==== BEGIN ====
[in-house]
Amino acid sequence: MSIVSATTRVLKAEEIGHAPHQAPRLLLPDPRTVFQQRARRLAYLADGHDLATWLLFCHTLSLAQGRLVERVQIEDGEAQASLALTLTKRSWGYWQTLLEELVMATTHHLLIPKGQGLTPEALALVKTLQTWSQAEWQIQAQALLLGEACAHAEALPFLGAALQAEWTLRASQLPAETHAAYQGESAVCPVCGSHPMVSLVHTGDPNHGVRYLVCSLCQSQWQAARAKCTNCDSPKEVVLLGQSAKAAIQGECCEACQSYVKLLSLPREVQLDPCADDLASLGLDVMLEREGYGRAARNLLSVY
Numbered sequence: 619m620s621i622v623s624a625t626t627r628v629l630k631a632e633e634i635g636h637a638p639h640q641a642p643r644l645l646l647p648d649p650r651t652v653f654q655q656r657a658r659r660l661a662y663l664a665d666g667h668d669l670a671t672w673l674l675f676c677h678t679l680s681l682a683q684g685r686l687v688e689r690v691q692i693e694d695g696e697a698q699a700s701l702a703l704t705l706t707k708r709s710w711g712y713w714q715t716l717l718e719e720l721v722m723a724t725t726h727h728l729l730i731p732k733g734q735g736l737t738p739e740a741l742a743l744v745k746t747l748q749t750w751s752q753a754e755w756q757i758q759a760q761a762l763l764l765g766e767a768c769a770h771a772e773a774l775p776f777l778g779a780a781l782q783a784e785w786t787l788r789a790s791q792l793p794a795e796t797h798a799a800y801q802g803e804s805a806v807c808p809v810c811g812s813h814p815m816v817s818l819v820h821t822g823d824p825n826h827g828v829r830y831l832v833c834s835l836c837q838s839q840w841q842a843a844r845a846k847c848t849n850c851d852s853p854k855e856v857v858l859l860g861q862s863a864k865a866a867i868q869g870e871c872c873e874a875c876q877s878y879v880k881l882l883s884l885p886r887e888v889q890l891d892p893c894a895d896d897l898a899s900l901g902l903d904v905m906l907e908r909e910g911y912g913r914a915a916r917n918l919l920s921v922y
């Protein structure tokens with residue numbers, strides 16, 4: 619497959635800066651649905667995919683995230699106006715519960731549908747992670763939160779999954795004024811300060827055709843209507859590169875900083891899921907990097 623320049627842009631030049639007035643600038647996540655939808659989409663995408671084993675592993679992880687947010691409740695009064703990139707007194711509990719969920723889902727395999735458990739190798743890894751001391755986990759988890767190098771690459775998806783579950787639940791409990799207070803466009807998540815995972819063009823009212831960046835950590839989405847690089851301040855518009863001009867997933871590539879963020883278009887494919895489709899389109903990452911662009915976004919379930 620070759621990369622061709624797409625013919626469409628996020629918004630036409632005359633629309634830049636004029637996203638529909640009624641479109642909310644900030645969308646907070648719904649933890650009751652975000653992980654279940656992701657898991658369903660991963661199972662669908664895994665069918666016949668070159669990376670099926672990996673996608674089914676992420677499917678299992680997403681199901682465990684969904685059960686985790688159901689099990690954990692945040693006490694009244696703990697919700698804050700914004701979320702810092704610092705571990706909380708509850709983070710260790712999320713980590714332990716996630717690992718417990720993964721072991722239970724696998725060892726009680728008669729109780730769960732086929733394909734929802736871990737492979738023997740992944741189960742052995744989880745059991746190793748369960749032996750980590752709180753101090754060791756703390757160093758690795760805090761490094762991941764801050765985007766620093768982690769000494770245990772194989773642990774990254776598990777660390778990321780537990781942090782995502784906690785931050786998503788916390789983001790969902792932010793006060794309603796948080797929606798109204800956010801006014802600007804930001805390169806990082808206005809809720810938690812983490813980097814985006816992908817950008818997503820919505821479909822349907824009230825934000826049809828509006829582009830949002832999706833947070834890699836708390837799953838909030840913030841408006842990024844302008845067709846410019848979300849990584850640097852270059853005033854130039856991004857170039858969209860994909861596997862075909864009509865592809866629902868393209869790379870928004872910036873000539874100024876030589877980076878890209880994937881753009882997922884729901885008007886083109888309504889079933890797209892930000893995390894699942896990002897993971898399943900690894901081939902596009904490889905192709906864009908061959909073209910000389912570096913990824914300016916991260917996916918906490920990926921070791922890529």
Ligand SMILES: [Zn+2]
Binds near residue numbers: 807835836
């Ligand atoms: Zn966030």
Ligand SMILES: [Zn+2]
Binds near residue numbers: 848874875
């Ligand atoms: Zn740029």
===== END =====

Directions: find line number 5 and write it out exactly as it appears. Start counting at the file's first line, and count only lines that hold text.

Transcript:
Ligand SMILES: [Zn+2]